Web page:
CMF on Facebook CMF on Twitter CMF on YouTube RSS Get in Touch with CMF
menu resources

DNA editing - a case still to be made

summer 2015

From triple helix - summer 2015 - DNA editing - a case still to be made [p05]

PDF version
(Right click and choose 'save as...' to download a printable version of this article)

Review by Peter Saunders
CMF Chief Executive

Manipulating the human germline has been off limits for decades but new technology has brought it one step closer. A new tool called Crispr enables scientists to 'edit' the genome by adding or deleting DNA sequences.

In response to a growing interest in the field, two leading science journals issued statements aimed at curbing the practice. In Nature, Edward Lanphier, a leading figure in Crispr related research, called for a voluntary moratorium on modifying the genome of eggs, sperm or embryos, saying that germline therapy 'could start us down a path towards non-therapeutic genetic enhancement'.

A similar statement in Science by experts in Crispr urged that germline modification be 'strongly discouraged', 'even in those countries with lax jurisdictions'. These cautions echoed UNESCO's statement that germline interventions 'could be contrary to human dignity'. (1)

However one month later Chinese scientists announced that they had used Crispr to genetically engineer human embryos. (2) Researchers at Sun Yat-sen University obtained defective human embryos from an IVF fertility clinic and targeted a gene which can cause beta thalassemia, a serious blood disorder. The results were unimpressive. Of 86 embryos injected only 28 had successfully spliced the target gene and only a fraction of these contained the correct replacement gene. There was also collateral damage in the form of 'off-target' mutations.

More recently, researchers in California have used a DNA editing technique successfully to treat mitochondrial disease in mice. (3)

This new research involves injecting affected embryos with RNA which leads to the production of enzymes which specifically target and remove faulty genes. (4) The treated embryos were transferred to female mice where they developed normally and resulted in healthy pups with low levels of the targeted mitochondrial DNA. These pups later gave birth to healthy offspring, demonstrating this is a viable approach for preventing transgenerational transmission of mitochondrial diseases.

Furthermore, it avoids some of the ethical problems associated with mitochondrial replacement techniques, such as cell nuclear replacement (cloning) technology, DNA donation and using DNA from three biological parents. Might this be an elegant and more ethical alternative to the controversial so-called three-parent embryo? As a technique it is certainly more about correcting a defect (restoration) than creating something altogether new (enhancement). Time will no doubt tell, but in the meantime there are big issues to address in the context of animal research, not least about safety.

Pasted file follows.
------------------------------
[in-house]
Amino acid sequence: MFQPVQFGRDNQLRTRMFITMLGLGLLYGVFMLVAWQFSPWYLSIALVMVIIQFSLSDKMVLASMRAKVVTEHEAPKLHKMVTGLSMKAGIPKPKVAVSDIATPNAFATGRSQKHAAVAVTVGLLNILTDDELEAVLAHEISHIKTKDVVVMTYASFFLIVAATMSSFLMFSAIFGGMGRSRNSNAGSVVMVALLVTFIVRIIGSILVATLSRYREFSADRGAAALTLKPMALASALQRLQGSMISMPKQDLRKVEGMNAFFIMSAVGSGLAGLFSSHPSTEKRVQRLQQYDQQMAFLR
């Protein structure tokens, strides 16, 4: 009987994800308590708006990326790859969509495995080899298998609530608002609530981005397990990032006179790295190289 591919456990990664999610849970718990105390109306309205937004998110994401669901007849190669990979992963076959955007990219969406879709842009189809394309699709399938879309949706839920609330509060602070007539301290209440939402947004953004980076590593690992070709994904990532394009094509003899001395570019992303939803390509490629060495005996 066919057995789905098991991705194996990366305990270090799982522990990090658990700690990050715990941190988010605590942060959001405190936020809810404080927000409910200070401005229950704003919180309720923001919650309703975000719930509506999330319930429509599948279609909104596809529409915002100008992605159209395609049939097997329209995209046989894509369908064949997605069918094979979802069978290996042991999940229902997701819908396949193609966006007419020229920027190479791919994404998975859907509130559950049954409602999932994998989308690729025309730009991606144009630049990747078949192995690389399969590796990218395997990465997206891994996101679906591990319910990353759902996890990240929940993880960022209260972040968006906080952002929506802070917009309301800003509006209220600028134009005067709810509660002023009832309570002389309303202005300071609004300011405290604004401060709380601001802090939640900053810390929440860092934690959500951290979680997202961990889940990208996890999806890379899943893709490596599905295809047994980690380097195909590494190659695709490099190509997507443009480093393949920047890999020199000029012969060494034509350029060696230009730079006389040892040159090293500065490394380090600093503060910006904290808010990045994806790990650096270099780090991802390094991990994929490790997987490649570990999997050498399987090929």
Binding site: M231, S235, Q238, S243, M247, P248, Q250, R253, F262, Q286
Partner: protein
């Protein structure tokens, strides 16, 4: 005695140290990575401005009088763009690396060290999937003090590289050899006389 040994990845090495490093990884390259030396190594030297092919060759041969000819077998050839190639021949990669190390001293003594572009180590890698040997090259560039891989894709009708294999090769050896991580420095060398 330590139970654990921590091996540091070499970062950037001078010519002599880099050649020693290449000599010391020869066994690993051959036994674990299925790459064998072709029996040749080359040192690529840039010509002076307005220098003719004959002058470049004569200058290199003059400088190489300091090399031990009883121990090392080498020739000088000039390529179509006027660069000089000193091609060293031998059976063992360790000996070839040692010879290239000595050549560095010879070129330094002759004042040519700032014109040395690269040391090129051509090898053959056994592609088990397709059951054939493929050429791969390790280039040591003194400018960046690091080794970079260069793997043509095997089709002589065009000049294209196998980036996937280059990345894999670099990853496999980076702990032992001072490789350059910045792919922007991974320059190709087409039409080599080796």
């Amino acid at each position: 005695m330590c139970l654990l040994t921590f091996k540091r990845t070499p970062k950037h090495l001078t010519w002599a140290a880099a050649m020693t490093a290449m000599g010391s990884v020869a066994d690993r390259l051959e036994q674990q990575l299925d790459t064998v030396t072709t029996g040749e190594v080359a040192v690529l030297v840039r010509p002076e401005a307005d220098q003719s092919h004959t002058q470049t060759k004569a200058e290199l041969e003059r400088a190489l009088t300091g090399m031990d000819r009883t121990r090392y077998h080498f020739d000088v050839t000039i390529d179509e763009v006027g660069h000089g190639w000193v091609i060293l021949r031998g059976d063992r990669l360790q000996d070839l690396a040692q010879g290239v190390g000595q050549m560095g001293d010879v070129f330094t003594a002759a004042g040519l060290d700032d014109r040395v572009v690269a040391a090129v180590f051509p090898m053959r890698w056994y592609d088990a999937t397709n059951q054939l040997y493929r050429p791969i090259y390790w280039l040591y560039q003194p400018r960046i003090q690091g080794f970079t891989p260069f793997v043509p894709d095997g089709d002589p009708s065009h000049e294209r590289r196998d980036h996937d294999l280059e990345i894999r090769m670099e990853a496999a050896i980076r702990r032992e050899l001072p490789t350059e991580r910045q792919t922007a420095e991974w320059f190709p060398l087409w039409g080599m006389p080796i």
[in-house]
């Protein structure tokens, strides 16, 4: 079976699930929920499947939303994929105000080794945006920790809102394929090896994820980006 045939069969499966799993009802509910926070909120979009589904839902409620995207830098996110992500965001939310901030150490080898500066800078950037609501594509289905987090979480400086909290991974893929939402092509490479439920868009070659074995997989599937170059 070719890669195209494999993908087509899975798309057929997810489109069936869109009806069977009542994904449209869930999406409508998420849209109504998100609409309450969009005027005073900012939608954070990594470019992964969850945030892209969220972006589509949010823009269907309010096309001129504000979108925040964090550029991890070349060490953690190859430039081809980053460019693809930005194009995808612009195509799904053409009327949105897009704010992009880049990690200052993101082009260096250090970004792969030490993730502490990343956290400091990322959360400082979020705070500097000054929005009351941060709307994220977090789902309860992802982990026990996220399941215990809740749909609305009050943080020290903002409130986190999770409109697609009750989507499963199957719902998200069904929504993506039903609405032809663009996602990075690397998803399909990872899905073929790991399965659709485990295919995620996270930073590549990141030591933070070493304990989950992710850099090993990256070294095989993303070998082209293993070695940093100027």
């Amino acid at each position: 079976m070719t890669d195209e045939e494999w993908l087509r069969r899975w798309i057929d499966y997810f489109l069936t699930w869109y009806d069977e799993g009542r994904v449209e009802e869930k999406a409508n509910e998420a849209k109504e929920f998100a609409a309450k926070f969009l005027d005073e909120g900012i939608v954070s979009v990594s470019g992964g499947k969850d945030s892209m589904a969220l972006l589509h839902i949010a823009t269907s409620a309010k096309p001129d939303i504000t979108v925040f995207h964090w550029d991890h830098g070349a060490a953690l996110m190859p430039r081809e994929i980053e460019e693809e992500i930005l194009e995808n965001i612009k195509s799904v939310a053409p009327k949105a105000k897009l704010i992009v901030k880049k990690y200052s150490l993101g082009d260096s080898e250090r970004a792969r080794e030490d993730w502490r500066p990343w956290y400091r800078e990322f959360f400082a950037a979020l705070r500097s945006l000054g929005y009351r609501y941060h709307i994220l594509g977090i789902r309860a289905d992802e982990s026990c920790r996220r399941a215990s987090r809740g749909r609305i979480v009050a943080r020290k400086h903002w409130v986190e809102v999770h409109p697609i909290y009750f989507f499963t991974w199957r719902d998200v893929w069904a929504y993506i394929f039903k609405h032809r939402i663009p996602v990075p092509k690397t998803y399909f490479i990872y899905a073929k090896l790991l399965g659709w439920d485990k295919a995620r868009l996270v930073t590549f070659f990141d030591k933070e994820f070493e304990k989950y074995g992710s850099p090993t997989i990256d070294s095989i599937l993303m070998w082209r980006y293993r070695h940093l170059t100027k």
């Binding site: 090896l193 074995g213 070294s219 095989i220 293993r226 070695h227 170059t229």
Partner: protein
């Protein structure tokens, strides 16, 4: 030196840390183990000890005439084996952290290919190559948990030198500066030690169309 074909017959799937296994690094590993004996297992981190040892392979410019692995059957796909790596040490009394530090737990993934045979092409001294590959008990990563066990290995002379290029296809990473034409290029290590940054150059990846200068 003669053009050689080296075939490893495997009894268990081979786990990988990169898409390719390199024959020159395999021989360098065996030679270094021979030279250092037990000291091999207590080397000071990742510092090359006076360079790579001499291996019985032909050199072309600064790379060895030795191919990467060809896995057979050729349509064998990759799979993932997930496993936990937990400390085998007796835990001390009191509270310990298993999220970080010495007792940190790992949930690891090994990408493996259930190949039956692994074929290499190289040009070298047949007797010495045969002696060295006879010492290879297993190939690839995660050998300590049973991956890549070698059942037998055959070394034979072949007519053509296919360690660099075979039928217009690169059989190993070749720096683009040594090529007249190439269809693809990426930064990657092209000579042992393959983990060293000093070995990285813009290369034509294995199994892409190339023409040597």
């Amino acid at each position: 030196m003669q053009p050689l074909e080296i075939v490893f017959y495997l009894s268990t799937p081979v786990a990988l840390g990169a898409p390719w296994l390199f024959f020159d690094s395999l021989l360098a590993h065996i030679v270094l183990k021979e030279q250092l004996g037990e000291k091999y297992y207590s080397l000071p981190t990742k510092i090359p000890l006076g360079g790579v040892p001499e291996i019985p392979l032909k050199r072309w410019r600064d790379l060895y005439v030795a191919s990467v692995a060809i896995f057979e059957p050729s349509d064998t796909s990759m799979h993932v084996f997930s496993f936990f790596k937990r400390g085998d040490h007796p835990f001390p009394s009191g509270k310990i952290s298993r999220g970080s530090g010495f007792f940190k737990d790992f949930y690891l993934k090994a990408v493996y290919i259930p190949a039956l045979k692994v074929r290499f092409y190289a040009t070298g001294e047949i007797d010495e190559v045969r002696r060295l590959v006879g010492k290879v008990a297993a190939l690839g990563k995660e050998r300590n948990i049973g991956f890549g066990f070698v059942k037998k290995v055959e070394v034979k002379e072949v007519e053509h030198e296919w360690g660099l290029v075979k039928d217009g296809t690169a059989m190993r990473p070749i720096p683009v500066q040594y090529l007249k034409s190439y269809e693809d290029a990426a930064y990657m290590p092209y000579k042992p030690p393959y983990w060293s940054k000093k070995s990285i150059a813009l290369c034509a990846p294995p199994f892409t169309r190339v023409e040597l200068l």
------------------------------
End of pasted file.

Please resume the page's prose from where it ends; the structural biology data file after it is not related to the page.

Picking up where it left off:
1. Universal declaration on the human genome and human rights

2. Chinese scientists edit genes of human embryos, raising concerns. New York Times, 23 April 2015

3. Saunders P. New DNA editing technique for mitochondrial disease may render three parent embryos redundant. CMF Blogs, 30 April 2015

4. Reddy P, Ocampo A et al. Selective elimination of mitochondrial mutations in the germline by genome editing. Cell 2015;161(3):459– 469

Article written by Peter Saunders

More from triple helix: summer 2015

  • The NHS at a crossroads - crisis equals threat plus opportunity
  • Plans for ‘seven-day’ NHS - where will the money come from?
  • Assisted suicide bills - one down, one to go
  • Fears grow over HPV vaccine - how safe is it?
  • DNA editing - a case still to be made
  • After the sexual revolution
  • Improving healthcare in South Sudan
  • Prayer, personality and temperament
  • Nepal walking through pain and hardship together
  • Problem solving in the NHS
  • The fellowship of suffering
  • Alcohol's hidden iceberg
  • 2.00005-parent embryos
  • Their name is today: reclaiming childhood in a hostile world
  • Prayer: Experiencing awe and intimacy with God
  • Growing up to be a child
  • The Bloomsbury guide to pastoral care
  • Eutychus
  • Message received and understood
  • Christian Medical Fellowship:
    uniting & equipping Christian doctors & nurses
    Contact Phone020 7234 9660
    Contact Address6 Marshalsea Road, London SE1 1HL
    © 2019 Christian Medical Fellowship. A company limited by guarantee.
    Registered in England no. 6949436. Registered Charity no. 1131658.
    Design: S2 Design & Advertising Ltd   
    Technical: ctrlcube